What I am doing is drawing outlines around cell membranes. (The image is that of a mouse embryo obtained from a confocal microscope.) The software we use to make these measurements doesn't automatically connect points or prevent overlapping lines. The goal is to process a few hundred of these images - each with about 200 to 400 cells, then create a compact database of wild type embryos. In that d/b I will catalog size, shape, location, neighbors and so forth, of the cells. From that I will derive statistical info that the investigators can use to compare their results, as well as have a way to navigate the images.

And thanks for the reply and the link, I will look at it shortly. I'm going through the Pasteur's pdf of Python for Biologists as a crash course. (I'm an art historian and erstwhile cartographer; I got lost and ended up in a dev bio lab!)

Alright, now we are on the right track! So cell001-A has 3 rows

60.612,um,Position,A,cell001,1,0
147.217,um,Position,A,cell001,1,0
43.596,um,Position,A,cell001,1,0

Which parts do you need the sum of, and which parts do you need averaged? Or.. wait, you are wanting to average that column for all of cell001? So..

60.612
147.217
43.596

For position A and sum up and average all of these through the last position? ( example above, C through P ).

You really don't have to rearrange the data to make it neater. The whole point of programming (in my opinion) is to do these tasks.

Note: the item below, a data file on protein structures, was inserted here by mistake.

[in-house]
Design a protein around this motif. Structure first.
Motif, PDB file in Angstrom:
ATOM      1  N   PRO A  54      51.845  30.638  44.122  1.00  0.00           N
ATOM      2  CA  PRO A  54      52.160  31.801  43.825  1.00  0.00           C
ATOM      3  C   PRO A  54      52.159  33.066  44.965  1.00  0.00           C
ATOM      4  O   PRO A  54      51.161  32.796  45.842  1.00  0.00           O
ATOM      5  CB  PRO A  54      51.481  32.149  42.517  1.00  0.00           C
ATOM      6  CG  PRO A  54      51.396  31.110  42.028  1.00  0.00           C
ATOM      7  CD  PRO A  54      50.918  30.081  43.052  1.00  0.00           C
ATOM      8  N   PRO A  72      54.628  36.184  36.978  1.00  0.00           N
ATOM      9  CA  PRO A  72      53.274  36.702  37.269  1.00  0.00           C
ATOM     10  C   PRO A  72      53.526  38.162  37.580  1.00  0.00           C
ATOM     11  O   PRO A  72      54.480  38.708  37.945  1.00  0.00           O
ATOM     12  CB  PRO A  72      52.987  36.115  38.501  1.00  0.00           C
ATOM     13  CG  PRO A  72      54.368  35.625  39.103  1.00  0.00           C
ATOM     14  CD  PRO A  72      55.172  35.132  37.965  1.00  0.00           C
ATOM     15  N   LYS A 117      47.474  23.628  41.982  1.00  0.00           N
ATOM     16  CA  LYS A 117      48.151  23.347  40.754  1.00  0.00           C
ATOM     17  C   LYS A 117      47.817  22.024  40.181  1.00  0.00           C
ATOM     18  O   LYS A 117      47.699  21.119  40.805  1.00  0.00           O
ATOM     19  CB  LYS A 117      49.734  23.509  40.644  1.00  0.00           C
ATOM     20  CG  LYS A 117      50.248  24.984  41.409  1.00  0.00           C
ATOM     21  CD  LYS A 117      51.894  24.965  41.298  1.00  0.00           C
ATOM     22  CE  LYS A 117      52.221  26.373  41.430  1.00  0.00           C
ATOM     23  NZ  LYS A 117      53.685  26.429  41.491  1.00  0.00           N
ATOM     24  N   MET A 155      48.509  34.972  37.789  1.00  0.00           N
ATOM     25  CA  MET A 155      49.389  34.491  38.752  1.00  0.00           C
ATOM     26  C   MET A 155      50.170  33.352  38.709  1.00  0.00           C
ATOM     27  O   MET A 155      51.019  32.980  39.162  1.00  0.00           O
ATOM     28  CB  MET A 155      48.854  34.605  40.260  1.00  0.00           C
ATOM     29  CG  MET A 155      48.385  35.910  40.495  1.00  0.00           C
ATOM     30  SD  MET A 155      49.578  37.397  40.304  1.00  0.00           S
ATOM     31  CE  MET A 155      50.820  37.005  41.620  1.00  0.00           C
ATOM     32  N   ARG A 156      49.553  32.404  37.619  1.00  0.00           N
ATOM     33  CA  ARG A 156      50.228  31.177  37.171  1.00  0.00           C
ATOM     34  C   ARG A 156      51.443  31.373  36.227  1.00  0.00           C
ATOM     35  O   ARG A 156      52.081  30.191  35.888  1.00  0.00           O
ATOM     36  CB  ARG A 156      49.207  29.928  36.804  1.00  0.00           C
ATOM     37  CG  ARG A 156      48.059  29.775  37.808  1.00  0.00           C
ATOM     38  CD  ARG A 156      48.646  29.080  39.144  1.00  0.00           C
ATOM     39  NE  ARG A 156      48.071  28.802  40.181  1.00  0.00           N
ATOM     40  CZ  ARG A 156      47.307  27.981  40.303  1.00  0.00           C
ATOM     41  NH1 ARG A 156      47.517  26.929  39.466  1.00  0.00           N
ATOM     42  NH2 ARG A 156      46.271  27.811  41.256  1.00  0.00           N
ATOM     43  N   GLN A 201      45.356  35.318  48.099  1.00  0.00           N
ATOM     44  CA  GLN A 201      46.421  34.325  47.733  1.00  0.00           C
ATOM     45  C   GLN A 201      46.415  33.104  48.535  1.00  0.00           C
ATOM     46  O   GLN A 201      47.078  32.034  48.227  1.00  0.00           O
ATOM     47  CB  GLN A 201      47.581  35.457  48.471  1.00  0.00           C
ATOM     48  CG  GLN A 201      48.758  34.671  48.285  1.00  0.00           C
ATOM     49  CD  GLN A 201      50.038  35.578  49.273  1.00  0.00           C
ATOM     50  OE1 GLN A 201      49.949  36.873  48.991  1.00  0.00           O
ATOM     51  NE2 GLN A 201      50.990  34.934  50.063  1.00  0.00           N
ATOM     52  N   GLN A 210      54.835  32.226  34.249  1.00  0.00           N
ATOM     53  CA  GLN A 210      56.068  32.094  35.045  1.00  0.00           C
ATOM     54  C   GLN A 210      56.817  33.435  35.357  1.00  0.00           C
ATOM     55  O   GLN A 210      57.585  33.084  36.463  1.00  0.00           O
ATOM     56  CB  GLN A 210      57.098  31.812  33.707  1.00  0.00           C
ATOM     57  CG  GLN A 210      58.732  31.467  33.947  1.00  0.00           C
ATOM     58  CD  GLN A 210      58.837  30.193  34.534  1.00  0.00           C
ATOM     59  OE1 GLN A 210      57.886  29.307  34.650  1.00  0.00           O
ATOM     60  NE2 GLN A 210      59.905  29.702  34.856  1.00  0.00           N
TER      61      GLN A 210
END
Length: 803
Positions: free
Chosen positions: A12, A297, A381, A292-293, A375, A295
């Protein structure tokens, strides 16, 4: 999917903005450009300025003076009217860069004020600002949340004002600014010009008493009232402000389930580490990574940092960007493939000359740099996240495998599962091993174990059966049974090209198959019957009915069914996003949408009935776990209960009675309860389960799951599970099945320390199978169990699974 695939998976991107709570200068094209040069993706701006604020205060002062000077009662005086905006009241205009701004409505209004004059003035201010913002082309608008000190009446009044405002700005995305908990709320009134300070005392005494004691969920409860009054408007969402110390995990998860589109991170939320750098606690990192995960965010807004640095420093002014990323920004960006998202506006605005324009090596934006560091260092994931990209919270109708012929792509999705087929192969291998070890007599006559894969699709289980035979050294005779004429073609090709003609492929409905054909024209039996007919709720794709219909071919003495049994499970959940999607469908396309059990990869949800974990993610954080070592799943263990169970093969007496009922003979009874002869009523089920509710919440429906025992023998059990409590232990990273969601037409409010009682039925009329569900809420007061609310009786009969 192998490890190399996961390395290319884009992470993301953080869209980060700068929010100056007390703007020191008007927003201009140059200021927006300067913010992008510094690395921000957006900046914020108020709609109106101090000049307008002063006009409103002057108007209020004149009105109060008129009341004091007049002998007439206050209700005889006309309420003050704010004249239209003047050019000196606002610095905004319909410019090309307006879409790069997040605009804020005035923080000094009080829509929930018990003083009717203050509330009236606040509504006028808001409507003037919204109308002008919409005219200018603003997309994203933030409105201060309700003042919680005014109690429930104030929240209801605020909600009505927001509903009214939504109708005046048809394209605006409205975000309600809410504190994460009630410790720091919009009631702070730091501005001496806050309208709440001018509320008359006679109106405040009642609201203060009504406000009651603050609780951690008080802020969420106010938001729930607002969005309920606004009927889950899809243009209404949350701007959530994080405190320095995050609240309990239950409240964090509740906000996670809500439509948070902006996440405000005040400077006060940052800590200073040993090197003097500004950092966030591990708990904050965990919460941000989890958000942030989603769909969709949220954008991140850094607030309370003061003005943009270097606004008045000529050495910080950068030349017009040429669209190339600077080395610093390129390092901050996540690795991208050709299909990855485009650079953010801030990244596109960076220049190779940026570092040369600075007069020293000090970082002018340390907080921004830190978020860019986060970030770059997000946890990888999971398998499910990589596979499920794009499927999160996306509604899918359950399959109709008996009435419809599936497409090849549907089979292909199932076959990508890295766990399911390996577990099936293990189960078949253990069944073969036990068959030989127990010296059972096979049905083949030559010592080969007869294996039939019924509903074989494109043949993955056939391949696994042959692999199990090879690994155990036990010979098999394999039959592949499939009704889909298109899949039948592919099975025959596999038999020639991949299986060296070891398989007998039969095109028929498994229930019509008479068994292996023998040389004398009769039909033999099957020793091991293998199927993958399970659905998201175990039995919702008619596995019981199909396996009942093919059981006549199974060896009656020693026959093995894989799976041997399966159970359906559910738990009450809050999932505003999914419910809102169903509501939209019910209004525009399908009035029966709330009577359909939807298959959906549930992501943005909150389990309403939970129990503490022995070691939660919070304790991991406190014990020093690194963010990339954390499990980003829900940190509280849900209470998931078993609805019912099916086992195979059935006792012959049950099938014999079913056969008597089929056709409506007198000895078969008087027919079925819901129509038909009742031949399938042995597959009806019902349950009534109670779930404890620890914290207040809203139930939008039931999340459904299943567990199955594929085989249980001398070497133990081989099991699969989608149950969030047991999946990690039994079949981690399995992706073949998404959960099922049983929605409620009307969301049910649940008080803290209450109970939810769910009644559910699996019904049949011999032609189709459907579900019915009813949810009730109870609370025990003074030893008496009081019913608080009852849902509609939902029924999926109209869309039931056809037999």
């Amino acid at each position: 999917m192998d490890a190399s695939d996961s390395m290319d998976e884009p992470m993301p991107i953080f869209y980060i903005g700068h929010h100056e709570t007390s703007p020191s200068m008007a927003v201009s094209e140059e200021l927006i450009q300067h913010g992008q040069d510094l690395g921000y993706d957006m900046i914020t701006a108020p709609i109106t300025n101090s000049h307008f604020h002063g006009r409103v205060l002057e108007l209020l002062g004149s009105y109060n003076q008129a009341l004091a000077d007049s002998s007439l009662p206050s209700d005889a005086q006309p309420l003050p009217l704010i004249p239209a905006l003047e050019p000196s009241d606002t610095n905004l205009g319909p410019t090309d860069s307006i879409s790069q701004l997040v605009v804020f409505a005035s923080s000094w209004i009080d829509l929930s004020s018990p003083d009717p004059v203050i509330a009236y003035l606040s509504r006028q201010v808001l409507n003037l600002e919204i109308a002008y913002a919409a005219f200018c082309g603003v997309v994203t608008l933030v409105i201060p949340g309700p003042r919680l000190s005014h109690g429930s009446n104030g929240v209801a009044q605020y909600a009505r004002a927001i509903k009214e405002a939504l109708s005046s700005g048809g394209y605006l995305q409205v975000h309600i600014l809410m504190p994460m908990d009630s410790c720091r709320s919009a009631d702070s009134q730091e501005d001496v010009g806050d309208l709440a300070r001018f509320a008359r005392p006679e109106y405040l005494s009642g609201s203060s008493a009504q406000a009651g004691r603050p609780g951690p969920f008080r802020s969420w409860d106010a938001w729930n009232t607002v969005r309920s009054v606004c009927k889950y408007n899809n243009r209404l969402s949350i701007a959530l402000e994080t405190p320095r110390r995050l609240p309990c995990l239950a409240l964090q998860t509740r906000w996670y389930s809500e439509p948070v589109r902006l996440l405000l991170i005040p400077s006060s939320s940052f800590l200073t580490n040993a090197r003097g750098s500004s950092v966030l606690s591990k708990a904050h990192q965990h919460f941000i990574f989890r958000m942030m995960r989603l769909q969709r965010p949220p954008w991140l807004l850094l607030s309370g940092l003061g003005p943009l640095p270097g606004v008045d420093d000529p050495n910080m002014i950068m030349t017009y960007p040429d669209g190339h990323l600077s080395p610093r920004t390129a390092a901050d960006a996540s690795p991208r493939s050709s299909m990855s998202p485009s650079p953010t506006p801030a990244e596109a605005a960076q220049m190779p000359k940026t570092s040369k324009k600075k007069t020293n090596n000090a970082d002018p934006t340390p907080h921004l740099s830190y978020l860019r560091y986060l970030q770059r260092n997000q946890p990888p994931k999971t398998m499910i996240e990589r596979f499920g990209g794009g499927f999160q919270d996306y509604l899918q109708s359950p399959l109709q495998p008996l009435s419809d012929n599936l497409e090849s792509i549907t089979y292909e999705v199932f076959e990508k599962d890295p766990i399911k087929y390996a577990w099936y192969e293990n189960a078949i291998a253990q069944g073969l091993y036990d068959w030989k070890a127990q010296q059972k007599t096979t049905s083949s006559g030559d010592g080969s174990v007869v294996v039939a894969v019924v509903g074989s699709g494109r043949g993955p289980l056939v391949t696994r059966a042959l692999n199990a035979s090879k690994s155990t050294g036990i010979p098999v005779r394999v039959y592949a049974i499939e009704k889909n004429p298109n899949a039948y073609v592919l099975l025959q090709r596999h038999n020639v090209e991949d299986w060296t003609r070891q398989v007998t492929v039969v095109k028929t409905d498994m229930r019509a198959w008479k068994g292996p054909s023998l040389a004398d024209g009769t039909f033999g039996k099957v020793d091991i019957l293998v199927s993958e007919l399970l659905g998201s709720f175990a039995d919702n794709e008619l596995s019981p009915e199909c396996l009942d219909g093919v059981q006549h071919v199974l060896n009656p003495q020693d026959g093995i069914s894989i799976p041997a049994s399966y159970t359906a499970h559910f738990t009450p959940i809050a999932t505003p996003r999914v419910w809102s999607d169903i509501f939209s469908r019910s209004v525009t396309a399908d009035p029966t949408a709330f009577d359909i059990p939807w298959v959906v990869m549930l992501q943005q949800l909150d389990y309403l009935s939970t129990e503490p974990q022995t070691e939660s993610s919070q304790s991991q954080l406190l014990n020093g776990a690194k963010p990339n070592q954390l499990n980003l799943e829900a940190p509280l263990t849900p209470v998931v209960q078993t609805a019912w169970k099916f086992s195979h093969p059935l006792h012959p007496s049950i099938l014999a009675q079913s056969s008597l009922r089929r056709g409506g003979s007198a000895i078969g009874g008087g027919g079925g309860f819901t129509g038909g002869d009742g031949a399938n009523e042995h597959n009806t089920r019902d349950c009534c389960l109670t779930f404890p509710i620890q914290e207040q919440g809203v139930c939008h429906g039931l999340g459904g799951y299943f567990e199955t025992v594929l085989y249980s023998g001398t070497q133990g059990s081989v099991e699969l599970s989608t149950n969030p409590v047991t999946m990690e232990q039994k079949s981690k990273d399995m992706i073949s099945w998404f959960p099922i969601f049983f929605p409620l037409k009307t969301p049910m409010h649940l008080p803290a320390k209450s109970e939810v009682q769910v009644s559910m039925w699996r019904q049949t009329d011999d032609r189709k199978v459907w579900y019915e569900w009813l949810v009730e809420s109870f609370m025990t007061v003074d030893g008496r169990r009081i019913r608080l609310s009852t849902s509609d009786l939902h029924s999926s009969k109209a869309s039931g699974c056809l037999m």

Which of the above columns are needed and which can be ignored? How should the data be computed, the entire first column for cell001 added up as well as averaged, or are these the X, Y, Z positions you referred to? So for cell001-A you have: X = 60.612, Y = 147.217, and Z = 43.596 ? If that is the case then you are wanting to sum up and average all of cell001's X, Y, Z coordinates for all positions?

Alright, now we are on the right track! So cell001-A has 3 rows

60.612,um,Position,A,cell001,1,0
147.217,um,Position,A,cell001,1,0
43.596,um,Position,A,cell001,1,0

Which parts do you need the sum of, and which parts do you need averaged? Or.. wait, you are wanting to average that column for all of cell001? So..

I draw outlines of the membranes of cells. This is analogous to drawing with a felt marker on a balloon, the outlines will have X, Y,and Z coordinates. However, where a felt marker is very "gross" (easy to connect the ends) this software is extremely precise (nanometer precise) and so connecting start and end is nearly impossible.
But the software allows me to export the statistics. It exports useful information - the coordinates, the name, and the position, as well as not so useful statistics such as the units of measurement, qualifier, and the last two columns that I cannot readily identify.
So for Celloo1 I have these coordinates for position "A" the start point.
60.612 This is the X coordinate
147.217 This is the Y coordinate
43.596 This is the Z coordinate

To "close" the polygon I need to go to the end point. On this particular cell it is point Q. Which are:

60.64 This is the X coordinate
147.217 This is the Y coordinate
43.83 This is the Z coordinate

I don't really need to average them. It would serve me just as well to copy the values of A into a "new" position. ("R") It's just that when I draw the outlines, I make a point that is very close to the start. My goal/need is to make the start point == the end point, and so have a true polygon. I also must preserve the points in between.
Much thanks!